Babylon 5 Season 3, Episode 20.

Primary Plot: Londo manipulates G'Kar and Vir in order to kill Lord Refa and gain favor in the Centauri Royal Court.

Secondary Plot: Some of Brother Theo's religious colleagues visit the station.

Tertiary Plot: Sheridan and Delenn discover the Shadows' true strategy.


Return to the Babylon 5 Episode Guide.
This episode demonstrates the particular genius of J. Michael Straczynski, the creator of Babylon 5.

The primary, secondary and tertiary plots come to a simultaneous climax in the revival service that Brother Theo's colleague hold in the Babylon 5 chapel.

To the singing of the gospel song, from which the episode draws its name, the scene cross-cuts to Lord Refa's killing at the hands of G'Kar and the Narns. The slow motion chase, and killing of Refa--the butcher of Narn--contrasted with the principle characters singing in revival is quite striking.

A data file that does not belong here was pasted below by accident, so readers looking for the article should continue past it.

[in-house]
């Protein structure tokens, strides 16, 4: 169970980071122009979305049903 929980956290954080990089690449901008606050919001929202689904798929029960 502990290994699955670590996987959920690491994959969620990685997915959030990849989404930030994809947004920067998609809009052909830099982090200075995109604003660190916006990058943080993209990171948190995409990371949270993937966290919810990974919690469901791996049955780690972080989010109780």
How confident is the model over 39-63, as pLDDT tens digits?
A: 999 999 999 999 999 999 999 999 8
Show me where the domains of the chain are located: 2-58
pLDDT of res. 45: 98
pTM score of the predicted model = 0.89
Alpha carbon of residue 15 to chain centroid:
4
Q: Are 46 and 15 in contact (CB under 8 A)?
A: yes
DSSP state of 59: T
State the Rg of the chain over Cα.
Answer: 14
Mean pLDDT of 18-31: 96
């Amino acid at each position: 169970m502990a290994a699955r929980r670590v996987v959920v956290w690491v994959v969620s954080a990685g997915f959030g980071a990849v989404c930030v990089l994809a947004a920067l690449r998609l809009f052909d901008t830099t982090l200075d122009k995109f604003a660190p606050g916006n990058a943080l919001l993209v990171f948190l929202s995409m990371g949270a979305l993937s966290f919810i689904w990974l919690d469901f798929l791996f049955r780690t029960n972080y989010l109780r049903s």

It is also the breaking of John Sheridan's crankiness, which is what allows him to share his burden with Delenn; together, they solve the Shadows true strategy.

J. Michael Straczynski often portrays these many levelled plots, both in individual episodes, and over seasons, and the entire plot arc. He has said that the whole idea came to him in the shower one day.

The gospel song mentioned in this node, and sung in the episode, is entitled "No Hiding Place Down Here". It was originally written and performed by The Original Carter Family, a country music and gospel group from the 1930s whose traditional bluegrass style influenced artists such as Bob Dylan and Woody Guthrie.

The full lyrics for the song are as follows; note that the refrains are significantly different from the song as broadcast, though the chorus remains the same. As with most music of this nature, the song has been appropriated and modified to suit various purposes:

Sister Mary she wears a golden chain
Sister Mary she wears a golden chain
Sister Mary wears the golden chain
There's every link in Jesus' name
There's no hiding place down here

There's no hiding place down here
There's no hiding place down here
Well, I run to the rock just to hide my face
And the rocks cried out, no hiding place